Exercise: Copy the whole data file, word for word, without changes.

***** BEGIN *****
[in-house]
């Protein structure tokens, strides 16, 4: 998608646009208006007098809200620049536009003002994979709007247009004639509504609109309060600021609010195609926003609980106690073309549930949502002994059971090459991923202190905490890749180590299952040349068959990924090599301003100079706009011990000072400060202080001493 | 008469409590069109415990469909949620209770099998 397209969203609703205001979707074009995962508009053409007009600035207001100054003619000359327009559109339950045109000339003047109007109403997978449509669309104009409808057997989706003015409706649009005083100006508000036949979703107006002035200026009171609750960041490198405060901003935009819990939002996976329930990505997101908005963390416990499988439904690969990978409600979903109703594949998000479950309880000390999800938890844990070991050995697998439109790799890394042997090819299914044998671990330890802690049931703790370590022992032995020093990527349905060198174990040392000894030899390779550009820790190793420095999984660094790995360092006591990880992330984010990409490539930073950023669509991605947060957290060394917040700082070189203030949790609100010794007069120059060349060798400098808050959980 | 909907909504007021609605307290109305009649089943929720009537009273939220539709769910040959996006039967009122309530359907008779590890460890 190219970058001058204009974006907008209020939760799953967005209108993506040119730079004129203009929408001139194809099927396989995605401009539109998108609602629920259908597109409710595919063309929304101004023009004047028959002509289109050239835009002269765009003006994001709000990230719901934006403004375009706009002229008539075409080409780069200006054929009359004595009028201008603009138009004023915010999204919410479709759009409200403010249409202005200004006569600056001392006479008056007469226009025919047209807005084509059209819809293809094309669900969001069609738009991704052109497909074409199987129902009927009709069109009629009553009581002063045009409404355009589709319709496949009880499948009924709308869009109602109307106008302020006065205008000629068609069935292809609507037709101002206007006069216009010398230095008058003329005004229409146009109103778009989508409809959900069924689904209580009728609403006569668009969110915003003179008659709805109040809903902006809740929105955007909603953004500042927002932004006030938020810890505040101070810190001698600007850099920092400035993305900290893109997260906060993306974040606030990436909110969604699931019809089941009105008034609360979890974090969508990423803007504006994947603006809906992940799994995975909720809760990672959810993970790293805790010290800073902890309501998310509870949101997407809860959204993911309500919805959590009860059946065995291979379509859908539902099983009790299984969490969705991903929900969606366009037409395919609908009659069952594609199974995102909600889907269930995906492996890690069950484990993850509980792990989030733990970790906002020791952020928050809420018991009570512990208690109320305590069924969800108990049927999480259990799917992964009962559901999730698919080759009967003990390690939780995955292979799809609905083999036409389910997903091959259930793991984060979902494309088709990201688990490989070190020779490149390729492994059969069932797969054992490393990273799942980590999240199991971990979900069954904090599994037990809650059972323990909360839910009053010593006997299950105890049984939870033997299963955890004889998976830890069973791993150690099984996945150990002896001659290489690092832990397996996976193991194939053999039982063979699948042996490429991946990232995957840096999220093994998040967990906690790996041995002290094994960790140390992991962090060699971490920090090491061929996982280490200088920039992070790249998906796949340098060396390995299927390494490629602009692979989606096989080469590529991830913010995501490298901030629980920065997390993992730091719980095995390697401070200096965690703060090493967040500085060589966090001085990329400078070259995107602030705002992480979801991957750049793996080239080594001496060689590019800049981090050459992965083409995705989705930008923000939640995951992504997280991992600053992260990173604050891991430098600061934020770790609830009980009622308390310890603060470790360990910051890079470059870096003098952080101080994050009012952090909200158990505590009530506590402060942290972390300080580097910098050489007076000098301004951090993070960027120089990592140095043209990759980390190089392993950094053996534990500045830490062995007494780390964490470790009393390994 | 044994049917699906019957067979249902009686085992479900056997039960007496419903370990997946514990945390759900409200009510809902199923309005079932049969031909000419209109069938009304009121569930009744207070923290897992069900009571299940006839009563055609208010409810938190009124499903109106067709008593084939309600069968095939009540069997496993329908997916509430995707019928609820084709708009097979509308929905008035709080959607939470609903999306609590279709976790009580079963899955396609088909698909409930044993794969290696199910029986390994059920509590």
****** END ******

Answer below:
[in-house]
């Protein structure tokens, strides 16, 4: 998608646009208006007098809200620049536009003002994979709007247009004639509504609109309060600021609010195609926003609980106690073309549930949502002994059971090459991923202190905490890749180590299952040349068959990924090599301003100079706009011990000072400060202080001493 | 008469409590069109415990469909949620209770099998 397209969203609703205001979707074009995962508009053409007009600035207001100054003619000359327009559109339950045109000339003047109007109403997978449509669309104009409808057997989706003015409706649009005083100006508000036949979703107006002035200026009171609750960041490198405060901003935009819990939002996976329930990505997101908005963390416990499988439904690969990978409600979903109703594949998000479950309880000390999800938890844990070991050995697998439109790799890394042997090819299914044998671990330890802690049931703790370590022992032995020093990527349905060198174990040392000894030899390779550009820790190793420095999984660094790995360092006591990880992330984010990409490539930073950023669509991605947060957290060394917040700082070189203030949790609100010794007069120059060349060798400098808050959980 | 909907909504007021609605307290109305009649089943929720009537009273939220539709769910040959996006039967009122309530359907008779590890460890 190219970058001058204009974006907008209020939760799953967005209108993506040119730079004129203009929408001139194809099927396989995605401009539109998108609602629920259908597109409710595919063309929304101004023009004047028959002509289109050239835009002269765009003006994001709000990230719901934006403004375009706009002229008539075409080409780069200006054929009359004595009028201008603009138009004023915010999204919410479709759009409200403010249409202005200004006569600056001392006479008056007469226009025919047209807005084509059209819809293809094309669900969001069609738009991704052109497909074409199987129902009927009709069109009629009553009581002063045009409404355009589709319709496949009880499948009924709308869009109602109307106008302020006065205008000629068609069935292809609507037709101002206007006069216009010398230095008058003329005004229409146009109103778009989508409809959900069924689904209580009728609403006569668009969110915003003179008659709805109040809903902006809740929105955007909603953004500042927002932004006030938020810890505040101070810190001698600007850099920092400035993305900290893109997260906060993306974040606030990436909110969604699931019809089941009105008034609360979890974090969508990423803007504006994947603006809906992940799994995975909720809760990672959810993970790293805790010290800073902890309501998310509870949101997407809860959204993911309500919805959590009860059946065995291979379509859908539902099983009790299984969490969705991903929900969606366009037409395919609908009659069952594609199974995102909600889907269930995906492996890690069950484990993850509980792990989030733990970790906002020791952020928050809420018991009570512990208690109320305590069924969800108990049927999480259990799917992964009962559901999730698919080759009967003990390690939780995955292979799809609905083999036409389910997903091959259930793991984060979902494309088709990201688990490989070190020779490149390729492994059969069932797969054992490393990273799942980590999240199991971990979900069954904090599994037990809650059972323990909360839910009053010593006997299950105890049984939870033997299963955890004889998976830890069973791993150690099984996945150990002896001659290489690092832990397996996976193991194939053999039982063979699948042996490429991946990232995957840096999220093994998040967990906690790996041995002290094994960790140390992991962090060699971490920090090491061929996982280490200088920039992070790249998906796949340098060396390995299927390494490629602009692979989606096989080469590529991830913010995501490298901030629980920065997390993992730091719980095995390697401070200096965690703060090493967040500085060589966090001085990329400078070259995107602030705002992480979801991957750049793996080239080594001496060689590019800049981090050459992965083409995705989705930008923000939640995951992504997280991992600053992260990173604050891991430098600061934020770790609830009980009622308390310890603060470790360990910051890079470059870096003098952080101080994050009012952090909200158990505590009530506590402060942290972390300080580097910098050489007076000098301004951090993070960027120089990592140095043209990759980390190089392993950094053996534990500045830490062995007494780390964490470790009393390994 | 044994049917699906019957067979249902009686085992479900056997039960007496419903370990997946514990945390759900409200009510809902199923309005079932049969031909000419209109069938009304009121569930009744207070923290897992069900009571299940006839009563055609208010409810938190009124499903109106067709008593084939309600069968095939009540069997496993329908997916509430995707019928609820084709708009097979509308929905008035709080959607939470609903999306609590279709976790009580079963899955396609088909698909409930044993794969290696199910029986390994059920509590």